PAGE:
These days, the commando barracks adjacent to Old Changi Hospital have been converted to a boutique hotel, Raintr33. We haven’t heard any spooky reviews yet out there but we’d love to hear some – if there’s anything out of the world.

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Photography via Noise Invasion Festival

Haw Par Villa

The former theme park, also known as Tiger Balm Gardens, is just as freaky in broad daylight, what with a wealth of the old and bizarre statues that depict Chinese legends and folklore. Probably the spookiest spot on the property is the Ten Courts of Hell, which describes in gruesome detail the torture and punishments for sins committed in one’s lifetime.

There have been rumours that Haw Par Villa was the location of one of the gates to Hell, and security guards have spoken about how the place would come alive at night. It was also said that some of the statues are actually dead humans covered in wax, or possessed by wandering spirits. Yikes.

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Photography by Richard Lee via Flickr

Caldecott Hill

It’s no secret that the former Mediacorp headquarters is super haunted. People who have worked there have openly shared their creepy experiences in the sprawling place – that is located behind Bukit Brown Cemetery (another famous paranormal hotspot!). From strange voices calling your name to ghostly figures in dark corners, we’re pretty sure the Mediacorp gang are happy to be moving to their new shiny digs at Mediapolis.

Neo Tiew HDB Estate

This small public housing estate situated in Lim Chu Kang was vacated in 2002 under the Selective En Bloc Redevelopment Scheme, but it remains empty and deserted. Currently used by the Singapore Armed Forces for military training, these low-rise HDB blocks were gossiped to be rife with vengeful banana tree spirits, and residents in the area claimed to have seen pontianaks outside windows.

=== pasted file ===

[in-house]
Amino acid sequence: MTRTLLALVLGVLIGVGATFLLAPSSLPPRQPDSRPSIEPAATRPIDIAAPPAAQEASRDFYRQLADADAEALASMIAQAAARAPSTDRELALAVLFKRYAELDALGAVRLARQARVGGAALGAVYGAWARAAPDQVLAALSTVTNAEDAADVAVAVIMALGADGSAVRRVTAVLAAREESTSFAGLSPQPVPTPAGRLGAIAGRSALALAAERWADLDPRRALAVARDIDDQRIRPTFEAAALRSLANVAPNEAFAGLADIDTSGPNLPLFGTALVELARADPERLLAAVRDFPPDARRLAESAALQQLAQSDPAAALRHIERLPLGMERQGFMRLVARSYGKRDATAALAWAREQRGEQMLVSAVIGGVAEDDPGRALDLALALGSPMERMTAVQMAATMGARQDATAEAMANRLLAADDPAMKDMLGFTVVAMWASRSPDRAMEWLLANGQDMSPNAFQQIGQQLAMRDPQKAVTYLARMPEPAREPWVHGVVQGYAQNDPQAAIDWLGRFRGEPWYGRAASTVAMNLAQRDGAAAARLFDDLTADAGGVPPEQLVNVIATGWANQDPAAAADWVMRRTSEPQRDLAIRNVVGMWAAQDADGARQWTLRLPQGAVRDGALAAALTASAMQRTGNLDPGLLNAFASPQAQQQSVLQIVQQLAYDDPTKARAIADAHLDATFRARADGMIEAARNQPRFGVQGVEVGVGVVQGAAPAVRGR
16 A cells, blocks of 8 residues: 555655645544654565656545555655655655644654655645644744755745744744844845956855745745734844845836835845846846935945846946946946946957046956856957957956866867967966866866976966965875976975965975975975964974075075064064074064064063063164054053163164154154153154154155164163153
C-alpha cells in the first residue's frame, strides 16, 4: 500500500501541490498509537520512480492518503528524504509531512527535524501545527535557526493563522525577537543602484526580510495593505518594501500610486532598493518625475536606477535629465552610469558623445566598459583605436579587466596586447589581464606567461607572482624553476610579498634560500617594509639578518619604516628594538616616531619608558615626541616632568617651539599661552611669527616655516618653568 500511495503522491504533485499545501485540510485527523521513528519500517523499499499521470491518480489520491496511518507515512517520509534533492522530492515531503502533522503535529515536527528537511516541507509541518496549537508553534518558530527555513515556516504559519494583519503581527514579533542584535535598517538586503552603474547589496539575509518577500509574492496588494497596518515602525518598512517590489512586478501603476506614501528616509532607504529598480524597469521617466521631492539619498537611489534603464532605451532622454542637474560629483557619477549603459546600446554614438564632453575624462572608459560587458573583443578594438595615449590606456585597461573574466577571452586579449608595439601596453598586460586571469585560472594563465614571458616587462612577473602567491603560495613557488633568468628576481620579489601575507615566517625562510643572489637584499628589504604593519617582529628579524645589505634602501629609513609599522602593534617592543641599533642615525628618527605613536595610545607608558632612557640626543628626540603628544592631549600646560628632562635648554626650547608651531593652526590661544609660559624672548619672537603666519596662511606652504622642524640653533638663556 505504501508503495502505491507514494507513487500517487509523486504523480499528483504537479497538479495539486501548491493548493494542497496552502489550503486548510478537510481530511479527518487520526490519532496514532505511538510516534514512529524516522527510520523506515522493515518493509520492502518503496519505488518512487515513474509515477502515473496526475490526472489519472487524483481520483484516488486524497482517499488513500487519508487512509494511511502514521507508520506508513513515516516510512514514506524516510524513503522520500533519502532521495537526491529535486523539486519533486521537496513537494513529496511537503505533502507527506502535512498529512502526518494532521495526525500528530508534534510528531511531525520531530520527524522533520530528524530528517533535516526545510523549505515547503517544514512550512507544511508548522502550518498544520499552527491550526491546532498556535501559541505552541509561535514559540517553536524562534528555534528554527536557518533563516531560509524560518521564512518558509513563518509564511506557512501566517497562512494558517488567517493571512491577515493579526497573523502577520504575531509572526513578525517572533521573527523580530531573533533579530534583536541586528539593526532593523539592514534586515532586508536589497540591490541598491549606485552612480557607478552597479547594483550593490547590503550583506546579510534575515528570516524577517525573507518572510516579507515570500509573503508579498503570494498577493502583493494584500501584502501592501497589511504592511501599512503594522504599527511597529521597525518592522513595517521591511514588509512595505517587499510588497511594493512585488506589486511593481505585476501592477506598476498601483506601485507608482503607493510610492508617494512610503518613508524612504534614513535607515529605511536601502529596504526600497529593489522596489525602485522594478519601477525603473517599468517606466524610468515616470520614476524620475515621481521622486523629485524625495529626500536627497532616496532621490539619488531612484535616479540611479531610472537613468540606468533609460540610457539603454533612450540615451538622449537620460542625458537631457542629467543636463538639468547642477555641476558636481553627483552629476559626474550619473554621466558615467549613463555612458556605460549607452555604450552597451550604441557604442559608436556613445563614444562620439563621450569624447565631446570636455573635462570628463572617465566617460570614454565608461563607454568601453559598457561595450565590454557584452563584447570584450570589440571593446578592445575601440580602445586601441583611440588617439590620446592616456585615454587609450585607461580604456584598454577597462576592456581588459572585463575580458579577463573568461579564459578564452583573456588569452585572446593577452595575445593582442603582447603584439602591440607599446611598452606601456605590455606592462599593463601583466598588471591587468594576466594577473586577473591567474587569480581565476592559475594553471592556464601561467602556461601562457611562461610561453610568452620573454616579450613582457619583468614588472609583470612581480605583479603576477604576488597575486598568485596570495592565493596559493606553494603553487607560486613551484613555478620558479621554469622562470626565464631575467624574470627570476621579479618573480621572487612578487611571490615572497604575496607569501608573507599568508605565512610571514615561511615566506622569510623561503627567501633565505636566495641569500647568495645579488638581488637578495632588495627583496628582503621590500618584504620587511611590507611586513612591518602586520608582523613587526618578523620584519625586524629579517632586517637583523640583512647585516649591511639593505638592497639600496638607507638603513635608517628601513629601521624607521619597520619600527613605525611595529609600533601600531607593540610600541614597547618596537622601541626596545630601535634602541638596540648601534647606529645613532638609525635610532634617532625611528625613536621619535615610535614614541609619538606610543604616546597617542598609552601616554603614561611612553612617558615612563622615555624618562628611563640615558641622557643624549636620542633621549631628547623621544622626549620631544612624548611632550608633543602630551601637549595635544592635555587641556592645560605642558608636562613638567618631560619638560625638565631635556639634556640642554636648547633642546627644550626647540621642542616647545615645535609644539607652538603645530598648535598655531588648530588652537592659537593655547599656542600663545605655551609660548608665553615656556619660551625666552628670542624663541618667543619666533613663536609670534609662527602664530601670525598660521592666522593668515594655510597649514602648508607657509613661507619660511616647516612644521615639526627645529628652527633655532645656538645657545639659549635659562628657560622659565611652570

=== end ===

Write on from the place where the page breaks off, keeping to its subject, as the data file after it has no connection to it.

National Museum of Singapore

Beautiful as it looks, the notorious Victorian-style spiral staircase at the century-old museum first built-in 1882 is the most haunted spot in the place. Visitors and staff have claimed to see the wandering spirit of the former museum director, a British doctor and zoologist Carl Alexander Gibson-Hill. He suffered from poor health in his later years and according to some rumours, he committed suicide.

Others have reported sightings of a priest-like figure, unexplainable cold spots or drafts, and there were several reports of people being stopped and tripped by an unseen force when they attempted to climb it. That’s probably why the stairway is currently sealed off from the public.

View Road Hospital

A secondary mental institution built to ease the overcrowding problem at Woodbridge Hospital in 1975 and later a foreign workers’ dormitory named View Road Lodge, this now-unoccupied property is said to have trapped both the living and the spirits of past patients within. A strange watchman, phantom scents, poltergeists, and bloodstains had also been reported.

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Photography by sunriseOdyssey via Flickr

Woodneuk House

Tucked into the woods in the Holland Road and Tyersall Road area, Woodneuk House or Istana Woodneuk was formerly owned by a Sultan of Johor. Now covered by vegetation after a century of being empty, the place is out of bounds to outsiders and is not charted on any modern maps of Singapore.

As with all abandoned houses, this one also comes with creepy sightings and the sorts but it’s probably the decay and deterioration of the house that is scarier above anything else.

Need more Honeycombers in your life? Head this way…